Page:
COVID-19 patient dies at MRH in Craig as hospitalizations near late-fall levels locally
‘It isn’t gone, by any means,’ doctor says
After months seemingly in the clear, the virus that ravaged the country — and which continues to wreak havoc in some corners of the globe — proved it’s not done yet in Moffat County.
A COVID-19 patient died Tuesday at Memorial Regional Health in the Emergency Department, according to a release from Jennifer Riley, vice president and chief operating officer of MRH. Though the release points out the official cause of death will be determined by the Moffat County Coroner, this COVID-19-positive death is the first recorded in Moffat County since early January.
“We are deeply sorry for the friends and family members who lost a loved one yesterday,” said Andy Daniels, CEO of MRH, in the release. “Our thoughts and prayers are with them during this difficult time.”
Eight individuals were admitted with COVID-19 to the hospital this past week, up from three the week before, the release said.
Riley said in an interview that number nearly equals the number of patients the hospital would see in their COVID-19 ward on a typical day during the late-fall, early-winter height of the pandemic locally.
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“When we were full, we had between eight and 10 people admitted at a time,” Riley said. “The COVID unit was full, patients were doubled up. We were at our maximum.”
The numbers have local medical experts worried.
“I am very concerned about this worsening trend for our community,” said Dr. Matthew Grzegozewski, Medical Director for MRH Emergency Department and Craig Rapid Care, in the release. “There is no cure for this virus. Only prevention. It is true, for some it can be a mild illness. But it is also ruthless, and there is no way to tell who it will pick. We are still watching so many otherwise healthy people requiring hospitalization, developing permanent complications, and yes, dying.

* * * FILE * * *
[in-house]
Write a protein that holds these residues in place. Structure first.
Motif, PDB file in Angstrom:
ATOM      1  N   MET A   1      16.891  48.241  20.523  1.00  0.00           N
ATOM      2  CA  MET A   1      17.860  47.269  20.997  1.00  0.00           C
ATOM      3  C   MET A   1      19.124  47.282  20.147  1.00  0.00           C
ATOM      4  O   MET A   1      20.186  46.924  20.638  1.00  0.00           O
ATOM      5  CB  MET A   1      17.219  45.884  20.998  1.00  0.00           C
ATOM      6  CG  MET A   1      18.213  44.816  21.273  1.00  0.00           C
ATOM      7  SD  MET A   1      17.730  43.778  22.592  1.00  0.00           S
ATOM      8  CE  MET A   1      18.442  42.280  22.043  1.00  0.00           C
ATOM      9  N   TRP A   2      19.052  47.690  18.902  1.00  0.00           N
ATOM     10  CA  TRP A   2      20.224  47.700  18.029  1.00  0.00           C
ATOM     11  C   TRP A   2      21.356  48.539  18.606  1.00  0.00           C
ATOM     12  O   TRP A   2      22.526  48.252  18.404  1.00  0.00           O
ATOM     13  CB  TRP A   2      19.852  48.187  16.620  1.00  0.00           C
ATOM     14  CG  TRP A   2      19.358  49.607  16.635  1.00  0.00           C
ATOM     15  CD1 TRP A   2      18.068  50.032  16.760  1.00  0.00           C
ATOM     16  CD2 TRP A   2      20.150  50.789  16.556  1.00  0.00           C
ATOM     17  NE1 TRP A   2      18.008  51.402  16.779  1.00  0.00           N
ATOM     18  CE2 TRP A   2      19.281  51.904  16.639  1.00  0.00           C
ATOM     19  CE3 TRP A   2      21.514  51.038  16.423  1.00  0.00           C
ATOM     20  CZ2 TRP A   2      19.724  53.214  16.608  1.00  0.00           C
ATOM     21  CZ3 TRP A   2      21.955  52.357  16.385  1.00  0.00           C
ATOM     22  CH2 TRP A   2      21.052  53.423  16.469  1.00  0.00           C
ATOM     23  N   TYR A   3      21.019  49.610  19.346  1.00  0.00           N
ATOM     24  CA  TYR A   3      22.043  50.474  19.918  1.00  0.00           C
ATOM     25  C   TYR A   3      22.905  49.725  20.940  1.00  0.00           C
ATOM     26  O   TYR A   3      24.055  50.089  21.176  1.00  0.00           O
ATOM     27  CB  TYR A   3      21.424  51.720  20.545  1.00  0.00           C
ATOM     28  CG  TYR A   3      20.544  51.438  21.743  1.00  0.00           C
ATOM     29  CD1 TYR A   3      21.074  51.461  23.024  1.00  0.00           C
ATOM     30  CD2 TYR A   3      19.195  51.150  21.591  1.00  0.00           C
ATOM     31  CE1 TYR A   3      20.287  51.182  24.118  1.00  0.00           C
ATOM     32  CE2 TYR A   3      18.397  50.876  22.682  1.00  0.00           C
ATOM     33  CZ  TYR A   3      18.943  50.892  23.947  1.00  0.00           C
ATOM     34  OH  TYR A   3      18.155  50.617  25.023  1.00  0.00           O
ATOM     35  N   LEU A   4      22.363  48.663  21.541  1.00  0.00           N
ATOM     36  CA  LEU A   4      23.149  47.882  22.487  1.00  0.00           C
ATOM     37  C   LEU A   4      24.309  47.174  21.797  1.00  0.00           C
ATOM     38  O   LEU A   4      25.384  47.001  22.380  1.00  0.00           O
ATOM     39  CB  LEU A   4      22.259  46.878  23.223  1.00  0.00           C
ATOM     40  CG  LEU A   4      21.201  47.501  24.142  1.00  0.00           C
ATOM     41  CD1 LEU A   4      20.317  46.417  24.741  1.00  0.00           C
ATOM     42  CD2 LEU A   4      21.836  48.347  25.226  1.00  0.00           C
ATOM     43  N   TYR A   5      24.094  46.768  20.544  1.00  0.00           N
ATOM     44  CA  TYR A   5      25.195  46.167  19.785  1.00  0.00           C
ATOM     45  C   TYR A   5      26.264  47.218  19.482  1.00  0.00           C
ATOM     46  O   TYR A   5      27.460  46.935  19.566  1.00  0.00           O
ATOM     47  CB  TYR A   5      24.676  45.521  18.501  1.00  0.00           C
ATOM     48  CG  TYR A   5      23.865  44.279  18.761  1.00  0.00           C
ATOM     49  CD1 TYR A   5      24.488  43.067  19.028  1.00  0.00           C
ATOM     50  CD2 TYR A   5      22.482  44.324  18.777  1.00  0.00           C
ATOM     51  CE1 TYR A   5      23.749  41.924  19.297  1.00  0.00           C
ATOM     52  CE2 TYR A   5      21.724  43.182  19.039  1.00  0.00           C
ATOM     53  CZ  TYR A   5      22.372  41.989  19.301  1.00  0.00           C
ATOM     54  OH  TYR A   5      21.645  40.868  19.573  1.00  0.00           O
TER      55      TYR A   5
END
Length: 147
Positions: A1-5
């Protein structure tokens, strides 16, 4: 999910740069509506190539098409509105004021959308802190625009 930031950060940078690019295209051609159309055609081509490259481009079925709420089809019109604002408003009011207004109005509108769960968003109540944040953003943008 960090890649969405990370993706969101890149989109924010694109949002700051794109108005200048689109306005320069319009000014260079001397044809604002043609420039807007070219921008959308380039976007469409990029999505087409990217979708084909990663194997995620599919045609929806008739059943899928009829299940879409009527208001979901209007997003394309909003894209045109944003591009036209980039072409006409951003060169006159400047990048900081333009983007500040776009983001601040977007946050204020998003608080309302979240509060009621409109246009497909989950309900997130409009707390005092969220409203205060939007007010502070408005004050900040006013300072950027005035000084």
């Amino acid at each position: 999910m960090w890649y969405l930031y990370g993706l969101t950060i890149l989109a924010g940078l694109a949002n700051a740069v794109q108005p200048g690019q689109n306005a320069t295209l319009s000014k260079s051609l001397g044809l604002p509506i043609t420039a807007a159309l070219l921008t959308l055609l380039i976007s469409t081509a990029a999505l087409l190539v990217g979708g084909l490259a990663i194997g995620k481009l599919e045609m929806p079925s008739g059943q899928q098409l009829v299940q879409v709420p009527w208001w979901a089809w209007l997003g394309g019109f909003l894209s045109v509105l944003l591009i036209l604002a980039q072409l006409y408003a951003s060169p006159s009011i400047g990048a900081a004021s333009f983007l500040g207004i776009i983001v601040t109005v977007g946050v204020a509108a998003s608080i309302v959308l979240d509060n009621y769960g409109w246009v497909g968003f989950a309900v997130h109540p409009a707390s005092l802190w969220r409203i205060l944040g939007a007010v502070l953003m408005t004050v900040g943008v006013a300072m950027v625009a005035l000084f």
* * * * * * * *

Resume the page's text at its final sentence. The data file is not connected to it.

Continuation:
“It isn’t gone, by any means.”
The release notes the Moffat County’s percentage of fully vaccinated residents is “well below” that in the state, with only 30% of the County’s total population having received at least one dose of the vaccine, compared to 55% in Colorado at large.
Riley said a string of recent large-group activities in town, like graduations and the Grand Old West Days festivities over Memorial Day weekend, have very likely contributed to this surge.
“We believer this is largely part of the gatherings associated with those two big weekends,” Riley said by phone. “It was right in the heat of it.”
Grzegozewski in the release offered an impassioned plea for residents of the county to get vaccinated.
“We are asking you, not for any reason other than your welfare and protection: please consider getting a vaccine if you haven’t already,” the doctor said in the release. “We are so thankful to all of those who have gotten their COVID vaccine and have made the commitment to protect themselves, their families and our community. You trust us with your care, and the care of your family when you are hurt or injured. Please trust us on this too.
“This vaccine is safe and effective. There is no other motive for it other than your health and protection, and that of our community.”
Moffat County’s Public Health Medical Officer shared the same message another way.
“Moffat County has had a recent surge of COVID cases,” wrote Allan Reishus. “The county now has the dubious distinction of being the worst in Colorado. A man’s death from COVID, the first in many months, is a tragic and poignant reminder that the disease is with us. The hospital COVID unit has had two to four very ill patients constantly for the past few weeks. While we are all tired of the same old message, it remains true that the vaccine is our way out of the pandemic. Avoding crowds, especially indoors, remains good avice.
“If a person has any COVID symptoms, it is advisable to get tested and stay home until a negative test is assured. Let’s be careful and enjoy our brief summer.”
MRH offers both Moderna and Johnson and Johnson COVID-19 vaccines, the release stated. There is no cost to get the vaccine, and insurance is not required. To set up an appointment for a COVID vaccine, call 970-826-2400.
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